We would like to mention that the European Commission’s proposal for PSD3 explicitly includes the amendment of the SFD, with additional clarifications on admission and risk assessment procedures. This is based on a targeted consultation which was completed in the first half of 2021 and shows that in substance the Commission favors the direct access to settlement systems by EMI and PI. The only difference being the timing of the implementation. We would like to express our deep concern that if the SFD is not amended alongside the IPR, but instead in the context of the Payments Package, it will take years for the barriers to be lifted, lengthening the unequal conditions in the European payments market. Furthermore, the status quo of the outdated SFD inhibits innovative European payment companies from accessing the necessary infrastructure, thus also preventing participation in European projects such as instant payments and the future digital euro (thereby necessitating reliance on foreign card networks that operate differently). While this question may seem technical, it has significant implications for the development of Europe’s payment market and overall for Europe’s strategic autonomy and sovereignty. Making sure that innovative European payment companies can play a full role in these projects alongside traditional banks is crucial for the uptake of instant payments, for the competitive strength of Europe’s market, and for consumers and merchants that rely on the services of these firms today.
It is worth noting that across several jurisdictions the decision to enable direct access resulted in significant innovation, improved consumers’ choice, providing them with significant transaction cost and speed benefits. Furthermore, countries such as Brazil, Singapore, Hungary, and the UK, that have successfully opened their payments infrastructure to nonbanks have not reported any increased risk to their payment systems.
The European digital financial service industry is convinced that to prevent delays in the application of the IPR, and to accelerate the roll-out of instant payments in the EU, the legal barriers preventing EMIs and PIs from directly accessing the payment systems should be lifted at first instance, before the IPR enters its implementation phase.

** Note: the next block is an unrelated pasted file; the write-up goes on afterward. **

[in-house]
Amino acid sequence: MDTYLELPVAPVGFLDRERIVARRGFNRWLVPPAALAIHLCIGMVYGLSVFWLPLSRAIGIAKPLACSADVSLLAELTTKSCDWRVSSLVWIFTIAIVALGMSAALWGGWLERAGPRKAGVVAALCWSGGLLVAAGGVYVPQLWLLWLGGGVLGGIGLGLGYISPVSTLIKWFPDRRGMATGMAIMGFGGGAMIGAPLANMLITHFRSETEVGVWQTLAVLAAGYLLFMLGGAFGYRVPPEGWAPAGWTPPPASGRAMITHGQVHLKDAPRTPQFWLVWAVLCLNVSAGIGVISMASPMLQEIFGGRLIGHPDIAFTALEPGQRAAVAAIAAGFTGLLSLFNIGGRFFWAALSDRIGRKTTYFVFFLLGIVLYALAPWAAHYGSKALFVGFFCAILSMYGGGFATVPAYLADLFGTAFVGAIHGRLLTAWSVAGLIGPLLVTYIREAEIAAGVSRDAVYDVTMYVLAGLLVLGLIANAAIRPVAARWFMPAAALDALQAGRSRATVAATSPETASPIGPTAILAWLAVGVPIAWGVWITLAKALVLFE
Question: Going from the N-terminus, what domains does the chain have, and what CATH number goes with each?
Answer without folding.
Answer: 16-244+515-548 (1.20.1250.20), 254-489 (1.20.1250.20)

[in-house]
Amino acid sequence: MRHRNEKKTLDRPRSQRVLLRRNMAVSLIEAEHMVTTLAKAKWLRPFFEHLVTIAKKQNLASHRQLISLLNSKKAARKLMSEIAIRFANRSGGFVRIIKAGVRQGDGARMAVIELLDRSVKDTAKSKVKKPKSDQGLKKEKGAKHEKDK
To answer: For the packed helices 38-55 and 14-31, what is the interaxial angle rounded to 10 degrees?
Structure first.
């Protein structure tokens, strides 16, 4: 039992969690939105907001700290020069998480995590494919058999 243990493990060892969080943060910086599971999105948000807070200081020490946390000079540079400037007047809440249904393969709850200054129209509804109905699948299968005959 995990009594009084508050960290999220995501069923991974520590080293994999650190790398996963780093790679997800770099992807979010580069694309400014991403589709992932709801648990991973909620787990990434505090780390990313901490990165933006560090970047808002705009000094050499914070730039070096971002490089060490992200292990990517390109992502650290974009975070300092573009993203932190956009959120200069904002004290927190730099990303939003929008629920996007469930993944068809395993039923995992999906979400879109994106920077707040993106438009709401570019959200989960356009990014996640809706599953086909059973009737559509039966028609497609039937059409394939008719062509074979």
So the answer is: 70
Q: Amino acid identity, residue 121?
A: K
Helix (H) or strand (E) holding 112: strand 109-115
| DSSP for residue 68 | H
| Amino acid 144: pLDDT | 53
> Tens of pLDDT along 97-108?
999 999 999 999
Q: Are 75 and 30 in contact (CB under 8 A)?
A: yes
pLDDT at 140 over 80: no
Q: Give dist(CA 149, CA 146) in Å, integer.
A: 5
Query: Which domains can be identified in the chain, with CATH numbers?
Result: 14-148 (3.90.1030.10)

This is particularly important considering that the upcoming European elections in May 2024 and the end of the Commission’s mandate could negatively impact the timelines. While we appreciate that the Commission’s proposal for a Payment Services Regulation (PSR) sets out additional details to enable access to payment systems, we believe that removing the legal blocker in the SFD is best placed in the IPR. The Payments Package can then further reflect changes to ensure all Directives and Regulations are aligned. We believe that this is feasible as the Payment Systems Operators (PSOs) still remain responsible for setting their own access criteria, as these are not set out in the Payments Package.
Lastly, we firmly believe that the overall roll-out of instant payments can and needs to be done at pace, according to the feasible and realistic implementation timelines proposed by the Article 2a: Amendments to Directive 98/26/EC *Amendment as proposed by the European Parliament on including payment institutions and electronic money institutions (please see above). Additional paragraph as follows: “As minimum safeguards, institutions referred to in (ii) and (iii) should comply in an ongoing basis with requirements foreseen in articles 10 and 11 of Directive (EU) 2015/2366 of the European Parliament and Council.” Commission and Parliament (6 months for receiving and 12 months for sending instant transfers). The SFD amendments’ implementation timeline should align with these timeframes, preferably within 6 months after the regulation comes into effect. It is important to pursue the rollout of instant payments and the digital euro in the right competitive environment, from the start. Otherwise, we risk missing this window to shift Europe’s payment market onto a truly European footing. Without extending the scope of the SFD within this trilogue the chances of a successful introduction of new payment methods based on instant payments will be severely challenged.
We would be most grateful if you could take into consideration our concerns during the trilogue
negotiations and remain at your disposal to provide further clarifications.
European Fintech Association, European Payment Institution Federation, European Digital Finance Association, Open Finance Association